Turkey preparing for incursion into Iraq after PKK militants kill 17 soldiers

Sunday, October 21, 2007

As many as 17 Turkish soldiers were killed and 16 were injured in an ambush after Iraqi Kurdish militants (PKK) attacked the patrol in Hakkari Province on the Iraq-Turkey border. As a result, a large battle erupted and at least 32 Kurdish militants were killed.

"Although it respects Iraq's territorial integrity, Turkey will not tolerate that terrorism be aided and abetted and will not be afraid to pay, whatever the price may be, to protect its rights, its indivisible unity and its citizens. The fight against the separatist terrorist organization will be waged with determination until the very end," said Turkey's top officials in a statement issued to the media, after an emergency meeting was held in regards to the battle.

Turkey has been building up troops along its border with Iraq with reports suggesting as many as 60,000 are currently stationed there. On Wednesday, Turkey approved a measure that authorized sending troops into Iraq to take out PKK militants, but on Sunday an official said that the incursion into Iraq was not urgent.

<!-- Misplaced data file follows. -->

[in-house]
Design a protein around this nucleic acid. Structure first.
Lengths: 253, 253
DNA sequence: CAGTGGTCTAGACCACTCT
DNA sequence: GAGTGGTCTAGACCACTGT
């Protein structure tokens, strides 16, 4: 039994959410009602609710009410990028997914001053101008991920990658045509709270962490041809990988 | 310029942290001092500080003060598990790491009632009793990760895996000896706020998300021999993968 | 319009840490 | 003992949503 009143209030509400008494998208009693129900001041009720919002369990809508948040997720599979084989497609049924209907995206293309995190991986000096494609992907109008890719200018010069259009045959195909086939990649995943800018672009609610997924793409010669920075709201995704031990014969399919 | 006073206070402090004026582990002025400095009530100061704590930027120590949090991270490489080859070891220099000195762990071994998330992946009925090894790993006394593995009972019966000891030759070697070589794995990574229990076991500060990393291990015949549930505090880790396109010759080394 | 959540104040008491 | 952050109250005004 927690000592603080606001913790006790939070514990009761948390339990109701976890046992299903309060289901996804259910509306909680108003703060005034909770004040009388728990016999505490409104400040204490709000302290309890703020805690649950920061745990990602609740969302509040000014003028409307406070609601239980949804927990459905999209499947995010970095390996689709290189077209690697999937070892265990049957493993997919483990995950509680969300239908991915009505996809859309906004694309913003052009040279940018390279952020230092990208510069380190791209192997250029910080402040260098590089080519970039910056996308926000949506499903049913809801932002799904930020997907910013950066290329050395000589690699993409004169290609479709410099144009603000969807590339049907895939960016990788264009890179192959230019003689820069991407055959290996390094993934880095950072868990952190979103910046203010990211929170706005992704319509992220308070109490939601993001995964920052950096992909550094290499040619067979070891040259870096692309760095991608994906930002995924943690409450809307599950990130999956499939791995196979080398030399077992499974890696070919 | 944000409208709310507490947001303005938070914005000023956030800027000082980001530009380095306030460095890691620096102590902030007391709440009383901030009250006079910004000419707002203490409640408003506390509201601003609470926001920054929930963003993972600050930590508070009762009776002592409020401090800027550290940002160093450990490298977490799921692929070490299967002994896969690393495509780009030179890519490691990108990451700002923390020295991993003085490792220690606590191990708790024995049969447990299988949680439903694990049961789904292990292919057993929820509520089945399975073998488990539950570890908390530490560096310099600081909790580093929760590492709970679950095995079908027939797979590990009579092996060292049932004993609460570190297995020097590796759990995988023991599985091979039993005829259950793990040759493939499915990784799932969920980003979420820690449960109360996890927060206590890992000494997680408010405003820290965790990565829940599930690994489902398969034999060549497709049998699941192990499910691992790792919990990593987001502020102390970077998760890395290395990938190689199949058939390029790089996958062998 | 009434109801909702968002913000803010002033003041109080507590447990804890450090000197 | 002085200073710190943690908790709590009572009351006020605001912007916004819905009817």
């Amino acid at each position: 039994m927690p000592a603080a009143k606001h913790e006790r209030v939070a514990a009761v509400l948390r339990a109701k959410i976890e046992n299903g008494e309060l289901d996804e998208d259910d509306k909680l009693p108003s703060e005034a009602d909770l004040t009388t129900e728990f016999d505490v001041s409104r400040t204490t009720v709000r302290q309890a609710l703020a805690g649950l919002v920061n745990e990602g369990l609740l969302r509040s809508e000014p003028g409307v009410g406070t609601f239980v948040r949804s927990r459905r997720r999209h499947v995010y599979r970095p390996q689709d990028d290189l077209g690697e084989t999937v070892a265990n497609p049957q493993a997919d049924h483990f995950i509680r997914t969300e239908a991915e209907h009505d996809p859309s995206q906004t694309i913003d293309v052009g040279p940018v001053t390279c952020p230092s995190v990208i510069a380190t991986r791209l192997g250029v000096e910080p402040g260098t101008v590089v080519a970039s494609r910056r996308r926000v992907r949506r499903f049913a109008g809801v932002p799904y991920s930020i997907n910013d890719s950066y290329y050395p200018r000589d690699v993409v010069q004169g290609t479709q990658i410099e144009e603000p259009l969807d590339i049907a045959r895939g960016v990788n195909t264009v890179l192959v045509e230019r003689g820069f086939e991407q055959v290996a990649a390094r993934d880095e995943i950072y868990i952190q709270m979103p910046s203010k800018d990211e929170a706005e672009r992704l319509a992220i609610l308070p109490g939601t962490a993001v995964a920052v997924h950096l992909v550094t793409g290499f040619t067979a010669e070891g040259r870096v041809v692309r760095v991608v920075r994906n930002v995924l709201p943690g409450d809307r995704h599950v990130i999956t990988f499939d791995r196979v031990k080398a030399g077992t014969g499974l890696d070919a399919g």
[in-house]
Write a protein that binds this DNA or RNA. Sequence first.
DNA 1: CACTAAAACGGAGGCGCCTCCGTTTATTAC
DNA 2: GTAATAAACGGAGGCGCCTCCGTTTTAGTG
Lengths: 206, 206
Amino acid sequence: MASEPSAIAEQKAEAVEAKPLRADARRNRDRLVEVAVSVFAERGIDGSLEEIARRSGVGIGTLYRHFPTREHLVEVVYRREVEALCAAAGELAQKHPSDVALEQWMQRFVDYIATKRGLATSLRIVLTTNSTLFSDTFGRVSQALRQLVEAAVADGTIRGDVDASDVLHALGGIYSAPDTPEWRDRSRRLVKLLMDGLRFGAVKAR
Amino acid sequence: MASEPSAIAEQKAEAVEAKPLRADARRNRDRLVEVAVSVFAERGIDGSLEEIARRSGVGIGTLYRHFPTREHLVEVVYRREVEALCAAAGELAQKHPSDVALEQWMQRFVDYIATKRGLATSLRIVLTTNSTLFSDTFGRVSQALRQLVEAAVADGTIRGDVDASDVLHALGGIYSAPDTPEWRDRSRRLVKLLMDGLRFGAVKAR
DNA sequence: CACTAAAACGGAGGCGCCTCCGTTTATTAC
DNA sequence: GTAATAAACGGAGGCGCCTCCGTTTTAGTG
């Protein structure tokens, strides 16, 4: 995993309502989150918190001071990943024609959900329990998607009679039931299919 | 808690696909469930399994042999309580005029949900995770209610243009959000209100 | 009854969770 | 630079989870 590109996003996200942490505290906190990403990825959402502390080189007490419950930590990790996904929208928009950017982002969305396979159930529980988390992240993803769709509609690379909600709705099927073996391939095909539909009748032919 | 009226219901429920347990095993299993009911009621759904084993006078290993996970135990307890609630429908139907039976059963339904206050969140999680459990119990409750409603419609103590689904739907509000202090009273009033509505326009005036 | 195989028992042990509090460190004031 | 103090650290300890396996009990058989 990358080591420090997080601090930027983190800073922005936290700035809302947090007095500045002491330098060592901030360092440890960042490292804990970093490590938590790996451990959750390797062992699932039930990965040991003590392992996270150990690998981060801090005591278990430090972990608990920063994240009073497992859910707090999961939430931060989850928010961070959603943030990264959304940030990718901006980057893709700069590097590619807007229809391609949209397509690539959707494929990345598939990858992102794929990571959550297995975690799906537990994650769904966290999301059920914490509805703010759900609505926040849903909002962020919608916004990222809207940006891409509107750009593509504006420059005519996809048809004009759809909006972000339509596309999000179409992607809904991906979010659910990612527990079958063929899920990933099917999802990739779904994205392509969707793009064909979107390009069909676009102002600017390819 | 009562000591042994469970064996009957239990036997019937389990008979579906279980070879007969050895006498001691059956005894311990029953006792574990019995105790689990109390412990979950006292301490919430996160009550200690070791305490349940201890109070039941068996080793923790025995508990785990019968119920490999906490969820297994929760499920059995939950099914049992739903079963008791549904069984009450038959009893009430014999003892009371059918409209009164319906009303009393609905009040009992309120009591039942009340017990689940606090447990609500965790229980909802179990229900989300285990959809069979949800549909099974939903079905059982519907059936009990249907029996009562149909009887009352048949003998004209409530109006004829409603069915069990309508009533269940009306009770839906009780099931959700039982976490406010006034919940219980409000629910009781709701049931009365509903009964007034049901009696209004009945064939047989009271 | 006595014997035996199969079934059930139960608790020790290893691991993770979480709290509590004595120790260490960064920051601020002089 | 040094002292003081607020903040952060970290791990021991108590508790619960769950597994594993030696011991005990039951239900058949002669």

"There are plans to cross the border, but not urgently. We'd like to do these things with the Americans," said Turkish defense minister, Vecdi Gonul.

The U.S. has stated repeatedly that they are against any military action against the PKK and believe that it would cause even more instability in the region.

"These attacks are unacceptable and must stop now. Attacks from Iraqi territory need to be dealt with swiftly by the Iraqi government and Kurdish regional authorities," said a spokesman for U.S. President George W. Bush, Gordon Johndroe.

Iraq has spoken out against the attacks by the PKK and has condemned any such attacks on Turkish soldiers saying "Iraq's parliament unanimously votes to condemn the threat of using force to solve the dispute. It feels that the Turkish parliament's decision to use force does not boost bilateral relations."

Leaders in the Kurdish controlled areas of Iraq state that any attack on them would be met with retaliation.

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